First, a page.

In between Jackie's court-martial and the time he began playing in the Negro leagues, on November 25, 1944, Kenesaw Mountain Landis, the commissioner of baseball died. He was quickly replaced as Commissioner by then United States Senator Happy Chandler. Almost immediately, the President of the Brooklyn Dodgers, a man by the name of Branch Rickey, decided to see if this change in leadership meant there was a new possibility to integrate baseball. After secretly meeting with Commissioner Chandler and getting the go-ahead, Rickey began to put into motion a plan he had been working on for years.

Now, any good talent evaluator, as Branch Rickey was, knew very well that there were many players in the Negro League that were more than good enough to play in the Major's. But he also knew that whoever was the first would have an unimaginably difficult experience, and so he needed someone who was not only good enough on the field of play, but was also mentally strong enough to put up with the abuse. One of the deals he had struck with Commissioner Chandler was that no matter what horrible taunts, gestures or attacks were leveled at the first black player, he must agree not to retaliate for three seasons. So they needed not only an exceptional ballplayer, but also someone with the wisdom and patience of a saint.

Enter Jackie Robinson.

Columnist George Will is quoted as saying that what Jackie Robinson was able to do in the face of one of the most difficult and important moments in American history was "one of the great achievements not only in the annals of sport, but of the human drama anywhere, anytime." It is hard, nearly impossible in today's climate to understand how big a deal this moment was for our country. Everyone wanted to know if he would succeed or fail, and so much seemed to be riding on this experiment. And all Jackie Robinson did amidst the kind of crushing media attention that was likewise ahead of its time, was rise above the horrible taunts, the racist diatribes, the death threats, the cold shoulder of his teammates and fellow players. As his wife said about his attitude towards all the horrible behavior aimed at him: "He had a higher goal, the mission was important, Jackie held himself together for a greater purpose than just baseball." And not only did he rise above all of that both on the field and off, he absolutely thrived as a ballplayer, literally changing the game not only by his mere presence, but by his style.

The biggest stylistic change Jackie Robinson brought to Major League Baseball was the art of base running. Up until this point, most people stayed relatively anchored to the base they had earned through their hit or walk. But not Jackie. As soon as Jackie got to first he began messing with the pitchers head, faking little moves to second, dancing around first, always moving and needing attention. And in whatever moment the pitcher gave him, in that instant when the attention was turned to the batter, bam, Jackie was off for second base. He even famously stole Home on several occasions. No one had ever seen anything like it in Major League Baseball before, and people loved it!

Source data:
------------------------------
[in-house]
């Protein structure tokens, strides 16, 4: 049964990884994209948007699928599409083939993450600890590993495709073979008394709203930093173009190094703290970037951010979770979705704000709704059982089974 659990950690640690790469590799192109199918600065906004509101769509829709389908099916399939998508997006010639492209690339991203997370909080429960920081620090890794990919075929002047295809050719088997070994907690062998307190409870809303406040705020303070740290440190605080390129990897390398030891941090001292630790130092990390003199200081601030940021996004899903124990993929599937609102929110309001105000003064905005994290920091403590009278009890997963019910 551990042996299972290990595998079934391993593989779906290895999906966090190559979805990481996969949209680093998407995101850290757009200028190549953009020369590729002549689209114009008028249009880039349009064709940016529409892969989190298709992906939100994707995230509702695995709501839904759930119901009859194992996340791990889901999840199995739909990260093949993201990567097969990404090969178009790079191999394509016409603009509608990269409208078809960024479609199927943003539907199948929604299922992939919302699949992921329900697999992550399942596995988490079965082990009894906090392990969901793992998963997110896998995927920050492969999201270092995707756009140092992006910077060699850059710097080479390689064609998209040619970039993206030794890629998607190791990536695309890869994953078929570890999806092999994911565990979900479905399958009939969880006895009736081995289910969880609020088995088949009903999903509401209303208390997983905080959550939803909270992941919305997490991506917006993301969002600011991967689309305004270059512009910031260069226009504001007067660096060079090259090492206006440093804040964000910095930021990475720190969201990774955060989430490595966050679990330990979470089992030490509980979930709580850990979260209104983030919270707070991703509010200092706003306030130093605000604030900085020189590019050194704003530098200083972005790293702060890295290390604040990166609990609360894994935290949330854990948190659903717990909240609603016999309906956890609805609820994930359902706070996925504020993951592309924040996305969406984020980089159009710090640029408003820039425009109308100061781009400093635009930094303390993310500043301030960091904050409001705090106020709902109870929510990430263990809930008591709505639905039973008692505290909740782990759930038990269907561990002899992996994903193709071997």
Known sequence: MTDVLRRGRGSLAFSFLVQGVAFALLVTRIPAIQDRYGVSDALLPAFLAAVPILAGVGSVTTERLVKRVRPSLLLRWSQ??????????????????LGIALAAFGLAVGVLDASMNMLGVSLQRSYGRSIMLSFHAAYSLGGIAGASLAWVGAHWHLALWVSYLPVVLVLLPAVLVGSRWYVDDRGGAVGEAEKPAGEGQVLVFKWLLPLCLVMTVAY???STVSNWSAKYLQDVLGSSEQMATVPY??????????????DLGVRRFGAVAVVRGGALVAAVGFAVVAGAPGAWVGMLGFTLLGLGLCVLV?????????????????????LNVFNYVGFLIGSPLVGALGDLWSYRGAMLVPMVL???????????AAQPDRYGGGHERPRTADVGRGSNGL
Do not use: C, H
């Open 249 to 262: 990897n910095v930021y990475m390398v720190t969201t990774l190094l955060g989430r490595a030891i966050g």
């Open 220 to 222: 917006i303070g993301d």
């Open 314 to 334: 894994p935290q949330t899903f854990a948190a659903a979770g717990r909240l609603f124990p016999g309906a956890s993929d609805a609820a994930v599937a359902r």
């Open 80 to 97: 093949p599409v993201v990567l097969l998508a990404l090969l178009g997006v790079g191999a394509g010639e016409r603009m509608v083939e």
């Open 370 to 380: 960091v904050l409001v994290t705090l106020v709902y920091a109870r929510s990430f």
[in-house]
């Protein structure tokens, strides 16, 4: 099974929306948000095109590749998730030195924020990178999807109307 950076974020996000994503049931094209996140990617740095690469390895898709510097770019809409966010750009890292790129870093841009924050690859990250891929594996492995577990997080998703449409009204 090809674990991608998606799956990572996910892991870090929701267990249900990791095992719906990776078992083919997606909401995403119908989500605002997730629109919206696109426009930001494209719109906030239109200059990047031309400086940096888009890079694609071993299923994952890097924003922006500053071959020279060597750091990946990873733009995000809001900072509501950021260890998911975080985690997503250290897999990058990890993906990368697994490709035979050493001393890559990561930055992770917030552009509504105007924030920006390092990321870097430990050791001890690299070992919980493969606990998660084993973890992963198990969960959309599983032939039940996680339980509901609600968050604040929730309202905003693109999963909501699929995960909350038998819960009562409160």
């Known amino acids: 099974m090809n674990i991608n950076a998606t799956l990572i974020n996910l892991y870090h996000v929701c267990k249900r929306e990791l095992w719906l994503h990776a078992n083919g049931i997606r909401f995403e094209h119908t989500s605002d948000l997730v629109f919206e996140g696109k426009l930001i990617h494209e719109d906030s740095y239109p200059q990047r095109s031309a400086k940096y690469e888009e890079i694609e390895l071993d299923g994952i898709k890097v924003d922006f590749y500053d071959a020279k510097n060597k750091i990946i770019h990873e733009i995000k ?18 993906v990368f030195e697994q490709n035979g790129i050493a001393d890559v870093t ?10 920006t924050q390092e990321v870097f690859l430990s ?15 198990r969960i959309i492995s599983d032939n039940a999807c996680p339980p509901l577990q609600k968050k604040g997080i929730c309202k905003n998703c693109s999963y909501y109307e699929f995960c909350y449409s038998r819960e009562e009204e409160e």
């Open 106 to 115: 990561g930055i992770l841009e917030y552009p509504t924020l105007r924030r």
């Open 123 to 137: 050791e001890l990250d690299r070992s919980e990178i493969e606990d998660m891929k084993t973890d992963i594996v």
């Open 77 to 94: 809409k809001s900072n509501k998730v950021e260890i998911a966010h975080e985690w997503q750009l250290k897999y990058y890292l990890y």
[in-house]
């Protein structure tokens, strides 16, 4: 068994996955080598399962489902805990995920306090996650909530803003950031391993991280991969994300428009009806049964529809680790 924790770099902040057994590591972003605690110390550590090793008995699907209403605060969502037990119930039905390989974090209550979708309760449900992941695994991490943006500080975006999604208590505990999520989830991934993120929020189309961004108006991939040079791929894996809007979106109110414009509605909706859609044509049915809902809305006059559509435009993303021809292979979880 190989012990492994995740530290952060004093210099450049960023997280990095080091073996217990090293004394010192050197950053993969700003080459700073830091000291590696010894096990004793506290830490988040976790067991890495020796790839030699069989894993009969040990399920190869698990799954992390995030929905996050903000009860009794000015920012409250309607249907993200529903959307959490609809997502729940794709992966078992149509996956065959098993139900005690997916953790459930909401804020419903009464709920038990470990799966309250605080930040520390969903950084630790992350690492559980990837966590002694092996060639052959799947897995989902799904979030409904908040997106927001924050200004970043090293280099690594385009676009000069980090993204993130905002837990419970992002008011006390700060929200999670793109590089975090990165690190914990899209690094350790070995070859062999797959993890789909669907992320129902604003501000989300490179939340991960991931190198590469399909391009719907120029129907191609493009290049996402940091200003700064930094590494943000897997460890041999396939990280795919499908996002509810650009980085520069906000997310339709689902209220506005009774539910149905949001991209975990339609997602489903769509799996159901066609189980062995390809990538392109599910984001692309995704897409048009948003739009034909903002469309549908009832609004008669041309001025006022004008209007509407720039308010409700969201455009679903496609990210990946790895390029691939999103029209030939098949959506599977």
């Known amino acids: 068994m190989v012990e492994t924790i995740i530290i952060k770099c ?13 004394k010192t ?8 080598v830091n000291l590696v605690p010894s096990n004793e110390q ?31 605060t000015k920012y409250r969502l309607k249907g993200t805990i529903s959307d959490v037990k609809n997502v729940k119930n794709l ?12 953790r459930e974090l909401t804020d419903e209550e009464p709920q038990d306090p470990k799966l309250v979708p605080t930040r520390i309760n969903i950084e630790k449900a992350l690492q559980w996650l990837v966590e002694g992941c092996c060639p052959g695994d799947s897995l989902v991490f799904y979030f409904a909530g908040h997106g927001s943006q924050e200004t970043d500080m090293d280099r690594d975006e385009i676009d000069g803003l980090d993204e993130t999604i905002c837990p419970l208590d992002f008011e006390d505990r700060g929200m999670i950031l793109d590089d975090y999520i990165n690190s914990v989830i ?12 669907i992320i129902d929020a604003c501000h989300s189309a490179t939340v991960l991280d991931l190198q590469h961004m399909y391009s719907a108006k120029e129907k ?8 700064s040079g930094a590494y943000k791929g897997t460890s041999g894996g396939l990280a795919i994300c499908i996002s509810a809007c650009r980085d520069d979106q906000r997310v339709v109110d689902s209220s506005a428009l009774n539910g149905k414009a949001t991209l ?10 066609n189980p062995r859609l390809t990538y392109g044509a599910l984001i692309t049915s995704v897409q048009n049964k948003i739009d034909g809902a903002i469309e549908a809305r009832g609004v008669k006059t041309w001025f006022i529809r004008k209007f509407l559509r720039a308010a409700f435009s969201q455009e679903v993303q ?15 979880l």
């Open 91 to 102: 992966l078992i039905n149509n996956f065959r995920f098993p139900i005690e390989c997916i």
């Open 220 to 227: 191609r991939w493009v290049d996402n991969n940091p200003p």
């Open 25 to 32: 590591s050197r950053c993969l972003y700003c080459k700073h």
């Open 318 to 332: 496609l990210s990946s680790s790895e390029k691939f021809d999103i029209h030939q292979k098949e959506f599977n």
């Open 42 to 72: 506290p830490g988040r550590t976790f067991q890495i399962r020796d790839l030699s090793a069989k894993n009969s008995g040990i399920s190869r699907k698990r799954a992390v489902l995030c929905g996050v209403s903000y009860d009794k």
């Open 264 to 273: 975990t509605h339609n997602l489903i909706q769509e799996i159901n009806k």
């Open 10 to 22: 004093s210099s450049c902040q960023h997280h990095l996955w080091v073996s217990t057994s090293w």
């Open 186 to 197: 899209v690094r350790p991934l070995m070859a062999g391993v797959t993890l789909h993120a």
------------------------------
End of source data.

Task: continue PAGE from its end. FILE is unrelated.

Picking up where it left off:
It was famously said about Ginger Rogers that she did everything Fred Astaire did, but backwards and in heels. Well, the more I learn about Jackie Robinson, the more I think it is fair to say that Jackie Robinson did everything that Martin Luther King, Jr. would do a decade later, and also hit .300 and terrorized the base paths.

His incredible patience with the ignorance, racism and violence that he endured did as much for racial progress in our country as anything that came after and, without question, directly activated and inspired the actions of the next generation of civil rights activists.

Martin Luther King, Jr. said that he was "a legend and a symbol in his own time" and that he "challenged the dark skies of intolerance and frustration."Historian Doris Kearns Goodwin said of Robinson that his "efforts were a monumental step in the civil-rights revolution in America ... [His] accomplishments allowed black and white Americans to be more respectful and open to one another and more appreciative of everyone's abilities."

So yes, baseball is just a game. A game concerned with a small leather-bound ball being hurled sixty feet and six inches from the pitcher's mound to home plate, where a person with a wooden stick attempts to swat at it. But a game is supposed to be fair, and so was America. We use terms like 'level playing field' in our common language to metaphorically talk about fairness. The American dream is all about rising up from any circumstance to finding success in one's chosen field. But up until Jackie Robinson, baseball was not a fair sport, and of course, after him it still had a long way to go. But in that way it represented its country honestly, and it truly became America's pastime as it struggled through the same labor pains as our nation. What Jackie Robinson did mattered so much more than a final score, a World Series championship, or a lucrative contract. What Jackie Robinson did was show America a way forward. And for that reason, this child's game, the sport of baseball, mattered far more than it should.

I would like to conclude with the words of Jackie Robinson himself, who said, "A life is not important except for the impact it can have on others." Even though we cannot all be just like Jackie Robinson, we all can follow his incredible example and find important ways to impact the lives of others through ours.

May it be so. Ashe.